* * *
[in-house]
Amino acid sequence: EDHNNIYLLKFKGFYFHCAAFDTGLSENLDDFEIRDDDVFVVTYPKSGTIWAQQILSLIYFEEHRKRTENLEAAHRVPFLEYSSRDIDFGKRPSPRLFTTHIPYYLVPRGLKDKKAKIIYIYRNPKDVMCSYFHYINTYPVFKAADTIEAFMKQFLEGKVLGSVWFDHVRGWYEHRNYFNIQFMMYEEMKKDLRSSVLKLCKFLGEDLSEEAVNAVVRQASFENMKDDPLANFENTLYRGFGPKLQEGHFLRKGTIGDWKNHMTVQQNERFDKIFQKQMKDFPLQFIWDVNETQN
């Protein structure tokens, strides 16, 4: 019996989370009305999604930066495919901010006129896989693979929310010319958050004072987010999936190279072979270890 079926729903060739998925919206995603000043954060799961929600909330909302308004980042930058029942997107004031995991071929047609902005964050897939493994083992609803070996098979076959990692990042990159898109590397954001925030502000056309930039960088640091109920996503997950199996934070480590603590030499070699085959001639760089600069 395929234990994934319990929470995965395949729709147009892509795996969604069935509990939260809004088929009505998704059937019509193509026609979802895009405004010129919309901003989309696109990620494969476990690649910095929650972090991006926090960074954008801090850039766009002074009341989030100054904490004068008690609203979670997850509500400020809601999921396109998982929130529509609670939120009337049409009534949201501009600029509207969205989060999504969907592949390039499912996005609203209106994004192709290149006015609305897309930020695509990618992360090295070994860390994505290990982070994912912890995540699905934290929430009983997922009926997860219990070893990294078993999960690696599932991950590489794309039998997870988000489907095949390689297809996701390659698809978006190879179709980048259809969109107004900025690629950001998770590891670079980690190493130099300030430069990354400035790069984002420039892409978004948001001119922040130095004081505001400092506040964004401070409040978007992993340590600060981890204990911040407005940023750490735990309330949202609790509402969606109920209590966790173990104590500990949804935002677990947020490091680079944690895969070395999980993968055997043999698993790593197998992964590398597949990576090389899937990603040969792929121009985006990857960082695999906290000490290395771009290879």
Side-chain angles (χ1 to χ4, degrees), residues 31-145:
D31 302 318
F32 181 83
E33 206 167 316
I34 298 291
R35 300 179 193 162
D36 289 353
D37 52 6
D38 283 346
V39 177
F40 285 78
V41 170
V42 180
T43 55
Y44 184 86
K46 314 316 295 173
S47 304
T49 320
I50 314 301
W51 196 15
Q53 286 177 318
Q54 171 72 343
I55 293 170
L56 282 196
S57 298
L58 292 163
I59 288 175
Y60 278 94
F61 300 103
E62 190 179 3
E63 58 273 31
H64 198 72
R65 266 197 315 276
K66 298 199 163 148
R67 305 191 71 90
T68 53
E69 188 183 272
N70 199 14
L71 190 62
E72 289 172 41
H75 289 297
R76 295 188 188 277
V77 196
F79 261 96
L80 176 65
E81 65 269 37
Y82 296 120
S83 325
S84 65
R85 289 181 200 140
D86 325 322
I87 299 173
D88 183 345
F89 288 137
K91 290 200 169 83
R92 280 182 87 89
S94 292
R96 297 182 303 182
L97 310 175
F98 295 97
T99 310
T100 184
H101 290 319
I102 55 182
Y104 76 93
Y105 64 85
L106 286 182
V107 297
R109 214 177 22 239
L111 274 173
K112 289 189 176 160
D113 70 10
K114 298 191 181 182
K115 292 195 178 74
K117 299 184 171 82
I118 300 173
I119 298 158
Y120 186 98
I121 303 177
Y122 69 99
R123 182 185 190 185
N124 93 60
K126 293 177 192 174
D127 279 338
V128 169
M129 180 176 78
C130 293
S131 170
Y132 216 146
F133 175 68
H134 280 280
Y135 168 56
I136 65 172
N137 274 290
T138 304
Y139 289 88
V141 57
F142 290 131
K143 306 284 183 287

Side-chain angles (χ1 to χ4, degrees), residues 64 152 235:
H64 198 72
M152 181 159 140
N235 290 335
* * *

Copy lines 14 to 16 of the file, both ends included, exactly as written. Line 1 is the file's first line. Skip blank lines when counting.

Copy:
F40 285 78
V41 170
V42 180